badge bending investigation

Vallejo Police Chief to Investigate Allegations of ‘Badge Bending'

“These sort of gang culture things, notches on your belt, doing something to commemorate harming people, it’s gang culture,” said the attorney for the family of Willie McCoy, who was fatally shot by police in 2019

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The Vallejo police chief announced that he’s launching an inquiry after a former member of the Vallejo Police Department command staff said he was fired after he tried to stop a tradition where officers bent the corners of their badges to mark people they killed.

The story comes to light following a long investigation by online newspaper Open Vallejo.

Chief Shawny Williams said that celebrating the killing of a human being is never acceptable and he’s deeply disturbed by these allegations.

“I’m doing an official inquiry into the allegations,” Williams said. “The inquiry will help me understand the culture of the department in a greater way and take corrective action.”

Former Police Captain John Whitney said he was seeking corrective action and was fired for it. Through his attorney he said he learned about the “badge bending” practice following the deadly shooting of 20-year-old Willie McCoy in a drive-through Taco Bell in February 2019. McCoy was asleep at the window with a gun in his lap.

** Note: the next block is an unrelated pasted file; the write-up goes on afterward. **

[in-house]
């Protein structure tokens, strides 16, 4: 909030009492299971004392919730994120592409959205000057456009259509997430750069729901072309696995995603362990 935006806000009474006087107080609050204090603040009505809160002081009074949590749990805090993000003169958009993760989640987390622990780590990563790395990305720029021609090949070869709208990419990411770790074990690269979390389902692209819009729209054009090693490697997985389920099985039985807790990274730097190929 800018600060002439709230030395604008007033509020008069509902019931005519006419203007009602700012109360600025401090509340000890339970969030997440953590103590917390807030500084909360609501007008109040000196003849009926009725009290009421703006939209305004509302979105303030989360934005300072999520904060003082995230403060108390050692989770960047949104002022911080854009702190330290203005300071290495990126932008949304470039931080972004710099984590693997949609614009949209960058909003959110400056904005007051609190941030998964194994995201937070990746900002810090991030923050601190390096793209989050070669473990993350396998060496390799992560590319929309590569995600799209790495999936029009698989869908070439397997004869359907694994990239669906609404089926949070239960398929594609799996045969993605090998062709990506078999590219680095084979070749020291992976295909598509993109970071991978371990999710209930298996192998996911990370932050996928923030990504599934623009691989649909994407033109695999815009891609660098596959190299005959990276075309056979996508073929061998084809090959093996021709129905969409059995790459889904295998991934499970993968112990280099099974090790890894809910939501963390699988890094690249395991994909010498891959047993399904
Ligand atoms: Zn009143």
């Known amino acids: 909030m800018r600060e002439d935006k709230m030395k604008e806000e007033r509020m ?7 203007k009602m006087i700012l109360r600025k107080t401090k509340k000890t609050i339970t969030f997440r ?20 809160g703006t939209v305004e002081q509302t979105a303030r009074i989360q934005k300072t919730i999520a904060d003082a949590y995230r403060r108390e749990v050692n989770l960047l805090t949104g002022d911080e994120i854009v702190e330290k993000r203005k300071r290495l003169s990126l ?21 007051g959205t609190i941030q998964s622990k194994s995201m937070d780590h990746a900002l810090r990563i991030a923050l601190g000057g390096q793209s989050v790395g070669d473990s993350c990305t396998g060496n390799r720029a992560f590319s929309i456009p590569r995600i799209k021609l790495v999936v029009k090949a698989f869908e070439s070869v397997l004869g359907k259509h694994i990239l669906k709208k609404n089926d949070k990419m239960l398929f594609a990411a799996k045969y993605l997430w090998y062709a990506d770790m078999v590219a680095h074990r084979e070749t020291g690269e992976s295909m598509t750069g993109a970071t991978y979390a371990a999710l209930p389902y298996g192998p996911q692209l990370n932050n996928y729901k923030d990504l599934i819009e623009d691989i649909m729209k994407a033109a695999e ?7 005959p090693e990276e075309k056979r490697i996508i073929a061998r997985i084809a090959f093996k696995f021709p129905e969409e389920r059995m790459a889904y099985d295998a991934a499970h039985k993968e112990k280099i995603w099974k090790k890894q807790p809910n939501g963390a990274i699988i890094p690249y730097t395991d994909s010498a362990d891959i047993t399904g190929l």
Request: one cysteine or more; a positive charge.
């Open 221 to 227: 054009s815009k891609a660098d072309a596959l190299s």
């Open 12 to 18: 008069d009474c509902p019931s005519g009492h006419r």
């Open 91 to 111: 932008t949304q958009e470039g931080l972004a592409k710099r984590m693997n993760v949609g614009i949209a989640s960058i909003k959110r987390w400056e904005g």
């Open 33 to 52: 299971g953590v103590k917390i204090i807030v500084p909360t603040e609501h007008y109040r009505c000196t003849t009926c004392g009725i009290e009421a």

The attorney for the family of McCoy, Melissa Nold, said the Vallejo Police Department operates like a gang.

“These sort of gang culture things, notches on your belt, doing something to commemorate harming people, it’s gang culture,” she said.

McCoy’s brother Kori is not surprised by the allegation.

“We called it an execution, what happened to lil Willie,” he said. "The Vallejo Police Union is the strongest entity and the most powerful entity in the City of Vallejo and they have been calling the shots in that city for close to two decades."

Vallejo Police Union President Michael Nicholini is on leave and under investigation for destroying evidence from a controversial police shooting. He said he has no knowledge of badge bending being a practice of Vallejo officers.

“All of these recent allegations of wrongdoing are being fabricated to drive a narrative that doesn’t exist,” he said.

Williams said he will start with the internal inquiry which could turn into an official investigation if enough evidence is found. He is not ruling out a third party investigation.

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